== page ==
On 13 June 2022 the UK government introduced a Bill that will authorize it to unilaterally re-write key terms of the Northern Ireland Protocol (“Protocol“) which is part of the Withdrawal Agreement it made with the EU on Brexit, less than 3 years ago.
Although trade intricacies between Northern Ireland and the rest of Britain may not be high on our priorities here in Canada, the fact that this Bill has been introduced at all should be of concern to those who believe in commitment to international law.
Let me explain why I say this.
What the Protocol Says
In 2020 the UK, which includes Northern Ireland, left Europe’s single market. The seas around the island of England, Scotland and Wales are a controllable customs border. But there is no natural or hard border between Northern Ireland and the Irish Republic which remains part of the EU single market. The UK has prior comitments to keeping the island of Ireland border free, to preserve peace and security there. The Protocol is part of the solution that was negotiated to accomodate the situation. It allows Northern Ireland to remain within the EU single market, but draws a border line in the Irish Sea. The Bill permits checks on goods entering Northern Ireland. It contains enforcement provisions, and gives the European Court of Justice a role in applying and interpreting the Protocol.
The UK agreed to give legal effect and primacy to the provisions of the Protocol in UK domestic law.
What the New Bill Does
But Boris Johnson’s recent Bill “excludes” key provisions of the Protocol regarding checks on goods entering Northern Ireland, regulation of goods, and subsidy rules. It also gives the UK government the power to make domestic laws in place of the excluded provisions. These domestic laws will take priority over the Withdrawal Agreement and Protocol.
The Bill also excludes any provisions giving the European Court a role in enforcing the Protocol, and excludes its dispute settlement provisions.
If the Bill is enacted, UK courts will no longer be able to recognize and give effect to “excluded” provisons of the Withdrawal Agreement and Protocol.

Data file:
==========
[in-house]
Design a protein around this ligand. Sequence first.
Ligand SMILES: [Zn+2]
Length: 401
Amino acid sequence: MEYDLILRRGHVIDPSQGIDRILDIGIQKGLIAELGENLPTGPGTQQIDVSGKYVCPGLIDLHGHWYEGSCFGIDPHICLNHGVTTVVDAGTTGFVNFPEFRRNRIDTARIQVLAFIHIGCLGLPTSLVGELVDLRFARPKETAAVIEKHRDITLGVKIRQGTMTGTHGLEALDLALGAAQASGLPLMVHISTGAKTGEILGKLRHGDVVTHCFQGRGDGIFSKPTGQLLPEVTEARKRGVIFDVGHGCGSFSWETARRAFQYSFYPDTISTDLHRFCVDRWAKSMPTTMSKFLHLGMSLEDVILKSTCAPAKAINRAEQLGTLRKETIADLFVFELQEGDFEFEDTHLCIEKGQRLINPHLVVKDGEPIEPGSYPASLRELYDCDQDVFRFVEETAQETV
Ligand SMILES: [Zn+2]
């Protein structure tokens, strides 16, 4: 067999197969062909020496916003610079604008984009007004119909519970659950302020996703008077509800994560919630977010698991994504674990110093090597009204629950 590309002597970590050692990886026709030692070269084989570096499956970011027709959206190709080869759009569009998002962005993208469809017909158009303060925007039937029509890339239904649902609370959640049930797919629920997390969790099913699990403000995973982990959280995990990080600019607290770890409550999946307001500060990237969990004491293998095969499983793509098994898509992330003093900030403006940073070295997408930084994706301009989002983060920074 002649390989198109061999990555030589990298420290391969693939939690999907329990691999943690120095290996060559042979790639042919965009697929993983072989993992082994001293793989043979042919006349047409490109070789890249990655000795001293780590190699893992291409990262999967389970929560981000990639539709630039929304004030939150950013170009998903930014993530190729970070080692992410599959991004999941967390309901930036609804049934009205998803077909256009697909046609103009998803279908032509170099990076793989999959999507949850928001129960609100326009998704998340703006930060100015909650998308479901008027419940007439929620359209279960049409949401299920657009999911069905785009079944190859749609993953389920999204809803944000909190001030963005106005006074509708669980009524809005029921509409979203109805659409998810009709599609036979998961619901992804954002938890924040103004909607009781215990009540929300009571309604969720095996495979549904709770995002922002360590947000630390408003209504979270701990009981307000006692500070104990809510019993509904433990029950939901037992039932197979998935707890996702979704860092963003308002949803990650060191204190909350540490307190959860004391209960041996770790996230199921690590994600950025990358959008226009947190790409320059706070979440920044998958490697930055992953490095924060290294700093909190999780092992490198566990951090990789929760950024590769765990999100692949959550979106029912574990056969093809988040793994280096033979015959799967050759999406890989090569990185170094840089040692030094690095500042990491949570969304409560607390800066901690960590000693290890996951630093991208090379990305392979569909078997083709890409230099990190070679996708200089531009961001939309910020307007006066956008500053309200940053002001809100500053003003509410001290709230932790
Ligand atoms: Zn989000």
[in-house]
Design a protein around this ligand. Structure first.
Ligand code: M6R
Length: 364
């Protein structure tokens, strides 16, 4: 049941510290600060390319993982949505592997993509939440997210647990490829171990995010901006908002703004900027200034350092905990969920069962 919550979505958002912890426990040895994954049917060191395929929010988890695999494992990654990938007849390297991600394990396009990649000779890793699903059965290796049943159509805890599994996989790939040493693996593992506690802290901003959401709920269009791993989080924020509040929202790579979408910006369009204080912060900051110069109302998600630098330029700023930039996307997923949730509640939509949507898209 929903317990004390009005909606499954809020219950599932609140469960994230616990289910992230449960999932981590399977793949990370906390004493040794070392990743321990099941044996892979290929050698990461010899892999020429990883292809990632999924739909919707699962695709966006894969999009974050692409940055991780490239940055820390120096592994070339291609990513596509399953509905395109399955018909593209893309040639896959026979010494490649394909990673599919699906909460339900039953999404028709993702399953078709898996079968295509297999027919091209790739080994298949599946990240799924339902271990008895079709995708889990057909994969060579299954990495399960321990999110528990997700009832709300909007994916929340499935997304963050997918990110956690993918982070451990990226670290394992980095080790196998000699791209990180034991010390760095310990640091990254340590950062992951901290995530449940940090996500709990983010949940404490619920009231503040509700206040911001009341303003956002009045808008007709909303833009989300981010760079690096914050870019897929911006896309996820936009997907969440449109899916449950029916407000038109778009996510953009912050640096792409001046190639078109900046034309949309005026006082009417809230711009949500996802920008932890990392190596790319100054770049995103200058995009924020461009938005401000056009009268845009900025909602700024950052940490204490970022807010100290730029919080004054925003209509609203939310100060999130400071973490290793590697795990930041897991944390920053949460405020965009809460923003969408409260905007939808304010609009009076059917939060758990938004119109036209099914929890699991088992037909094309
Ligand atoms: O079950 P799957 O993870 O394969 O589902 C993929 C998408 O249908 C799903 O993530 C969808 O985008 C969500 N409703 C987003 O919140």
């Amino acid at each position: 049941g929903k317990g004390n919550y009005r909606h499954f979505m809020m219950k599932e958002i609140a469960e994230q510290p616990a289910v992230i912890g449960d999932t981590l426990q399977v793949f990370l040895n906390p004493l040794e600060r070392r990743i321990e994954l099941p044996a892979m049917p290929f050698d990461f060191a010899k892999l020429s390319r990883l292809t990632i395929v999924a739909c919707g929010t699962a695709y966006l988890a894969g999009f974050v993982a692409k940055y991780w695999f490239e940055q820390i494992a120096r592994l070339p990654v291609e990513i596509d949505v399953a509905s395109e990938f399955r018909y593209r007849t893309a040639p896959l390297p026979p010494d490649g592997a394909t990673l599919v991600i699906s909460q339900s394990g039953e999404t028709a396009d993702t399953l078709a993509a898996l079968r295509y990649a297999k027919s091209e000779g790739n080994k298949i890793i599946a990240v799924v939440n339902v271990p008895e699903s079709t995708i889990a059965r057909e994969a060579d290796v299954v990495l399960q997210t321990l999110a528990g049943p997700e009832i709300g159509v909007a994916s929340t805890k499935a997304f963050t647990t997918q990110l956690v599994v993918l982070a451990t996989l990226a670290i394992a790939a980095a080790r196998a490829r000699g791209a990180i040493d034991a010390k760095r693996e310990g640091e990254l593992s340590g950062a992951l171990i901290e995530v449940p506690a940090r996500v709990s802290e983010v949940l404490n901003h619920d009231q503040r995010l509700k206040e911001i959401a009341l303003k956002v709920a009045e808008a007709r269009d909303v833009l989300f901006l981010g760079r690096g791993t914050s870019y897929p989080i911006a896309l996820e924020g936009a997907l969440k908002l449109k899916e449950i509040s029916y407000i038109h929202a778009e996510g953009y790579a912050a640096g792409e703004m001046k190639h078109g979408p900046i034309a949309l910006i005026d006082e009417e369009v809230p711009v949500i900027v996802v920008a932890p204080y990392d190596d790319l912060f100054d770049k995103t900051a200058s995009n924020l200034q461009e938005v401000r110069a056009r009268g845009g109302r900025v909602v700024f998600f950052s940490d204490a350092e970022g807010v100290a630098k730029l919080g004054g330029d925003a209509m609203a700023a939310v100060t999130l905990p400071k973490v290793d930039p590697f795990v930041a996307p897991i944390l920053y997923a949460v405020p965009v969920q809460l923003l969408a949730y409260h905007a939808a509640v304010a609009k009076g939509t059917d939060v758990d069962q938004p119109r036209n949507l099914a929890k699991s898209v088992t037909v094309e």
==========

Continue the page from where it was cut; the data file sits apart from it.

Breach of International Law?
The Withdrawal Agreement is an international treaty between the UE and the UK. Unquestionably the UK has sovereignty over its domestic law, but international law requires signatories to perform their treaty obligations in good faith.
Mr Johnson’s government contends there is no breach of international law. How?
There is a safety valve provision in the withdrawal agreement (article 16) which permits measures, limited to what is strictly necessary, to remedy the situation if the Protocol leads to serious economic or other difficulties. But the UK has not invoked that provision (although it has reserved its right to do so).
Instead the UK government relies on the international law doctrine of ‘necessity’ for the non-performance of its Protocol obligations. It claims the Protocol has caused diversion of trade and economic difficulties amounting to grave and imminent peril so the government must “reluctantly” introduce measures that “envisage the non-performance of certain obligations.” The ‘necessity’ doctrine applies only in very exceptional cases. Most legal commentators disagree that the current situation in Northern Ireland warrants the necessity defence. Moreover, the UK freely negotiated the Withdrawal Agreement when it was aware, according to its own documents, that customs declarations and checks between Northern Ireland and the rest of the UK would be highly disruptive. This undermines a plea of ‘necessity’.
That is why I say the decision to introduce the Bill (whether it ultimately passes or not) should be of concern to us in Canada. The UK seems to be “blowing its nose” at the EU and at international law, reminiscent of the French soldier’s taunt of King Arthur in Monty Python’s Holy Grail. This is not an attitude we are used to seeing from Her Majesty’s government. We should perhaps be concerned, because if it contributes to wider disrespect for international law, it could mean a less secure world order for all of us.
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